African-American sculptures evoke jazz, folk art

February 11, 1994|By John Dorsey | John Dorsey,Art Critic

You don't have to know the titles of John T. Scott's sculptures (including "Doorway for the Blues" and "Blues for Sister Sara") to know they reflect music, specifically jazz.

You can tell from their bright, modulating colors; their rhythmic striping; the way their metal bands glide up or swoop down, changing direction improvisationally. And you can tell from the way they make you feel -- good, like jazz does.

The six poles that jut into the air from the arched frame of "Doorway" might be dancers' walking sticks, or trombones. Whatever they are, they're having fun.

Scott is one of five artists in "Sources: Multicultural Influences on Contemporary African American Sculptors." The exhibit, at the art gallery of the University of Maryland College Park, seeks to demonstrate that African-American artists draw on many sources for inspiration -- European, African, American, folk art, as well as academic art and other disciplines, such as music and architecture.

The only problem with this theme is that it belabors the obvious. But no matter. If the point needs proving, this show helps prove it; if it doesn't need proving, the show brings together artists whose work is worth the trip to College Park.

Joyce Scott draws on African art, folk art and craft traditions, as well as African-American history, in her pointed sculptures about race relations. Her "Mammy, Nanny" series juxtaposes black women with white babies to show how whites have used blacks to raise their children, who then look down on the very people who raised them.

Denise Ward-Brown uses found materials, especially architectural materials (doors, columns, etc.), to construct sculptures that reflect the patternings of textiles and the assemblage techniques of both collage and African sculpture. Some of these, such as "Cake Walk" and "Sing Praises," also refer to music and religion.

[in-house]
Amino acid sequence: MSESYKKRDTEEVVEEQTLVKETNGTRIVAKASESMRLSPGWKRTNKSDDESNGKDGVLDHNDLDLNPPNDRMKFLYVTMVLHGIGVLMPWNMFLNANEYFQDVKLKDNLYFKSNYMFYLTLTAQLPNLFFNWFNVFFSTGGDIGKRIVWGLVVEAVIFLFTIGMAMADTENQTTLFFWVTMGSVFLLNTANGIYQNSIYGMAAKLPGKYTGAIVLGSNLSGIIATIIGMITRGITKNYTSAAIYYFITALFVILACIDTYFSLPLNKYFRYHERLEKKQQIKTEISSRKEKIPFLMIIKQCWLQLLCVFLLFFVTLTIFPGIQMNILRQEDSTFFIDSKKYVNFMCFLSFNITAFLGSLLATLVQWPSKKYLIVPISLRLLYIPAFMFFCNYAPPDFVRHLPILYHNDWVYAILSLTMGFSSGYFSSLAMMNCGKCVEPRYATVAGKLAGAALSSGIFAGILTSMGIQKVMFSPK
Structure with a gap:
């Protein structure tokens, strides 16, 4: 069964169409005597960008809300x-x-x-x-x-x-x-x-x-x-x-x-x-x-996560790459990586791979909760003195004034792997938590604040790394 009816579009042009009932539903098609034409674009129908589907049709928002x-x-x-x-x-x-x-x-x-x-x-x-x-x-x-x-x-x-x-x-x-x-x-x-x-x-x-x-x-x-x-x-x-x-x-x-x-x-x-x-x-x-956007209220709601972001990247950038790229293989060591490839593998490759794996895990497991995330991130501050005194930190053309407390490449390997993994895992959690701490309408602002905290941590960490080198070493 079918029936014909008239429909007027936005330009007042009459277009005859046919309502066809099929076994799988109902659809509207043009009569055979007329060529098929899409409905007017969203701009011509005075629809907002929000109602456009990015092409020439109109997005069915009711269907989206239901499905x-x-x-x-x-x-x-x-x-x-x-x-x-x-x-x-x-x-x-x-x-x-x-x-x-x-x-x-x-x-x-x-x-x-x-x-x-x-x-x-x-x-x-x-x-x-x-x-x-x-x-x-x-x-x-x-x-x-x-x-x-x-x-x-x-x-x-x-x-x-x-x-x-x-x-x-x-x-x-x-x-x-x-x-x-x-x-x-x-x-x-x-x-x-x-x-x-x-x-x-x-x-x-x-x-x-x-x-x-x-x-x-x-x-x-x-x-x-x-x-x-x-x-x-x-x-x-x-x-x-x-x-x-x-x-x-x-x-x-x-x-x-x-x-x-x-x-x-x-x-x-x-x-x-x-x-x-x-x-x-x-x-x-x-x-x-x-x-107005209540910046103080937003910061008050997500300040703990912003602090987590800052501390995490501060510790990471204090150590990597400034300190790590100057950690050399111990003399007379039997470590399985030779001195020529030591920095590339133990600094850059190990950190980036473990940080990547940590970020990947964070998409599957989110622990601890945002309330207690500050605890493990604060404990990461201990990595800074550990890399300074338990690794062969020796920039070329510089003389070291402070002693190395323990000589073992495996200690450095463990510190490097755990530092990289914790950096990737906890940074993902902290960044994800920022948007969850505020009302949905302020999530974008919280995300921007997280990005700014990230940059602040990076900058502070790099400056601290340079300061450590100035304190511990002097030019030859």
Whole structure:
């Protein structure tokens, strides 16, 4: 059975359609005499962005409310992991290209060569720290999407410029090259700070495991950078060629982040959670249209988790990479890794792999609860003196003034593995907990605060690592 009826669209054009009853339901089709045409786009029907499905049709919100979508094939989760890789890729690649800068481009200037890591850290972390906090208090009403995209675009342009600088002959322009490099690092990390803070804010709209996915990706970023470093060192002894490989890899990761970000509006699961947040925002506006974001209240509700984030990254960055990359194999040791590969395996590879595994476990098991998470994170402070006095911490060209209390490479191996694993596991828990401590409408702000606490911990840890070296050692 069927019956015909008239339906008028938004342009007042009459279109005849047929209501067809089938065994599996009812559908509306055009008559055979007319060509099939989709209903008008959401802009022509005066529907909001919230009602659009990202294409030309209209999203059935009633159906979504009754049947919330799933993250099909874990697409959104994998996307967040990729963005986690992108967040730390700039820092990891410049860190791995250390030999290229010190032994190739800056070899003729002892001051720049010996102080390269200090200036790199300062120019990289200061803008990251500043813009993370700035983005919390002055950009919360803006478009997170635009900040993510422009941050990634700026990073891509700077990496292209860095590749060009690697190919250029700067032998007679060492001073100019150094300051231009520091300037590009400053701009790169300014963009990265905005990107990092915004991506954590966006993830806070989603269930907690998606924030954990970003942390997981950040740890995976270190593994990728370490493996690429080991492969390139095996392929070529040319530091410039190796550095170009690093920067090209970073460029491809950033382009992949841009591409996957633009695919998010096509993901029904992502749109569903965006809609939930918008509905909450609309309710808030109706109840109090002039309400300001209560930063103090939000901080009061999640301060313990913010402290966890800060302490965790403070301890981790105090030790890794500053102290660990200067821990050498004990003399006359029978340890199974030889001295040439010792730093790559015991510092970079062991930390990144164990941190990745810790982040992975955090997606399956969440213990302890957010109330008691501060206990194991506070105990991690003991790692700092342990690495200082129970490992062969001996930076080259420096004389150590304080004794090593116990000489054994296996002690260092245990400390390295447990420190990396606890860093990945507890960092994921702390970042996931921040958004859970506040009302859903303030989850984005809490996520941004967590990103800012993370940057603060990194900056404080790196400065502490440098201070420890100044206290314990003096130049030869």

Martha Jackson-Jarvis combines Italian marble and glass with clay and other materials from this country in an ambitious installation called "Last Rites." It involves seven coffin-shaped boxes covered with material representing aspects of the natural world -- water, earth, etc. It's not always possible to decipher the individual parts of this work, but it does make the point that we are killing the ecosystem that has nurtured us.

Melvin E. Edwards' wall-hung, welded steel sculptures refer to contemporary abstract sculpture. But, called collectively "Lynch Fragments" and made with chains, locks and other materials associated with bondage, they also refer to the history of race relations.


What: "Sources: Multicultural Influences on Contemporary African American Sculptors"

Where: Art Gallery, Art Sociology Building, University of Maryland College Park

When: Noon to 4 p.m. Mondays through Fridays (to 9 p.m. Wednesdays), noon to 4 p.m. Saturdays and Sundays, through April 11

$ Call: (301) 405-2763

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